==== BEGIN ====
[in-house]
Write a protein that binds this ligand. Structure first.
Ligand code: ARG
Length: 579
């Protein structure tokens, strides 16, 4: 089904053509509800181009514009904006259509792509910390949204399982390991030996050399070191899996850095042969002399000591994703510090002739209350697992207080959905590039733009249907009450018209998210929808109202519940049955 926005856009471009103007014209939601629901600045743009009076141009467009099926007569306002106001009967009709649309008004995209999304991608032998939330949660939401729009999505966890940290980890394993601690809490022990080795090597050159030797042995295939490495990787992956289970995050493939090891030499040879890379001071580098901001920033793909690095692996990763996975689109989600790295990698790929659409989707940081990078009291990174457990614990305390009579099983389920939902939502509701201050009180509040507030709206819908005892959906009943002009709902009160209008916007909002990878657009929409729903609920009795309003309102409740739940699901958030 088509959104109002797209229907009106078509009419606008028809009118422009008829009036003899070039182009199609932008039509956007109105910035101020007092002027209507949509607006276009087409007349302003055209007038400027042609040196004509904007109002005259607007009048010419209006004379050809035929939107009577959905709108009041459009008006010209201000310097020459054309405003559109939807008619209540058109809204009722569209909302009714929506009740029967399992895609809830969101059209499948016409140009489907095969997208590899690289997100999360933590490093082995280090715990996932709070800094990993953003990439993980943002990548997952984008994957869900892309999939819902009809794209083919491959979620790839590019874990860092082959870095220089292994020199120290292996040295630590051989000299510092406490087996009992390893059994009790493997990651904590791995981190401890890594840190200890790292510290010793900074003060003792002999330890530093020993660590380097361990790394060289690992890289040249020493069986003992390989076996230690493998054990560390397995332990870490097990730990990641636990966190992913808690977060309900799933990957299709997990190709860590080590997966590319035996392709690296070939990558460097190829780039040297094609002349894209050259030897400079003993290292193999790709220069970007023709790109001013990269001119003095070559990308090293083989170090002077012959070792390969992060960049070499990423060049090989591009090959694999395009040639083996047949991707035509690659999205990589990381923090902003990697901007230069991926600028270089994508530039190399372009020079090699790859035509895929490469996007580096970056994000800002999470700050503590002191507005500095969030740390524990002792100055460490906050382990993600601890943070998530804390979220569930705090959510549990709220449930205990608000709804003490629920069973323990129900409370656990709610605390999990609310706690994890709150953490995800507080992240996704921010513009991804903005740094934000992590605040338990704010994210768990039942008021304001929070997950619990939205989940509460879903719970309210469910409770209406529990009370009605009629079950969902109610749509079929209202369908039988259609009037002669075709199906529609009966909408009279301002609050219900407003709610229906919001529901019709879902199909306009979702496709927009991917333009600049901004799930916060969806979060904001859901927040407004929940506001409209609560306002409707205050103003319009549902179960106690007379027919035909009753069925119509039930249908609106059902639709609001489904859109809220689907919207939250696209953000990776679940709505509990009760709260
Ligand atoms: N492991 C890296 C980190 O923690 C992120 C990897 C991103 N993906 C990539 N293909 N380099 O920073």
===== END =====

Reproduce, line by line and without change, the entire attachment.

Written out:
[in-house]
Write a protein that binds this ligand. Structure first.
Ligand code: ARG
Length: 579
């Protein structure tokens, strides 16, 4: 089904053509509800181009514009904006259509792509910390949204399982390991030996050399070191899996850095042969002399000591994703510090002739209350697992207080959905590039733009249907009450018209998210929808109202519940049955 926005856009471009103007014209939601629901600045743009009076141009467009099926007569306002106001009967009709649309008004995209999304991608032998939330949660939401729009999505966890940290980890394993601690809490022990080795090597050159030797042995295939490495990787992956289970995050493939090891030499040879890379001071580098901001920033793909690095692996990763996975689109989600790295990698790929659409989707940081990078009291990174457990614990305390009579099983389920939902939502509701201050009180509040507030709206819908005892959906009943002009709902009160209008916007909002990878657009929409729903609920009795309003309102409740739940699901958030 088509959104109002797209229907009106078509009419606008028809009118422009008829009036003899070039182009199609932008039509956007109105910035101020007092002027209507949509607006276009087409007349302003055209007038400027042609040196004509904007109002005259607007009048010419209006004379050809035929939107009577959905709108009041459009008006010209201000310097020459054309405003559109939807008619209540058109809204009722569209909302009714929506009740029967399992895609809830969101059209499948016409140009489907095969997208590899690289997100999360933590490093082995280090715990996932709070800094990993953003990439993980943002990548997952984008994957869900892309999939819902009809794209083919491959979620790839590019874990860092082959870095220089292994020199120290292996040295630590051989000299510092406490087996009992390893059994009790493997990651904590791995981190401890890594840190200890790292510290010793900074003060003792002999330890530093020993660590380097361990790394060289690992890289040249020493069986003992390989076996230690493998054990560390397995332990870490097990730990990641636990966190992913808690977060309900799933990957299709997990190709860590080590997966590319035996392709690296070939990558460097190829780039040297094609002349894209050259030897400079003993290292193999790709220069970007023709790109001013990269001119003095070559990308090293083989170090002077012959070792390969992060960049070499990423060049090989591009090959694999395009040639083996047949991707035509690659999205990589990381923090902003990697901007230069991926600028270089994508530039190399372009020079090699790859035509895929490469996007580096970056994000800002999470700050503590002191507005500095969030740390524990002792100055460490906050382990993600601890943070998530804390979220569930705090959510549990709220449930205990608000709804003490629920069973323990129900409370656990709610605390999990609310706690994890709150953490995800507080992240996704921010513009991804903005740094934000992590605040338990704010994210768990039942008021304001929070997950619990939205989940509460879903719970309210469910409770209406529990009370009605009629079950969902109610749509079929209202369908039988259609009037002669075709199906529609009966909408009279301002609050219900407003709610229906919001529901019709879902199909306009979702496709927009991917333009600049901004799930916060969806979060904001859901927040407004929940506001409209609560306002409707205050103003319009549902179960106690007379027919035909009753069925119509039930249908609106059902639709609001489904859109809220689907919207939250696209953000990776679940709505509990009760709260
Ligand atoms: N492991 C890296 C980190 O923690 C992120 C990897 C991103 N993906 C990539 N293909 N380099 O920073």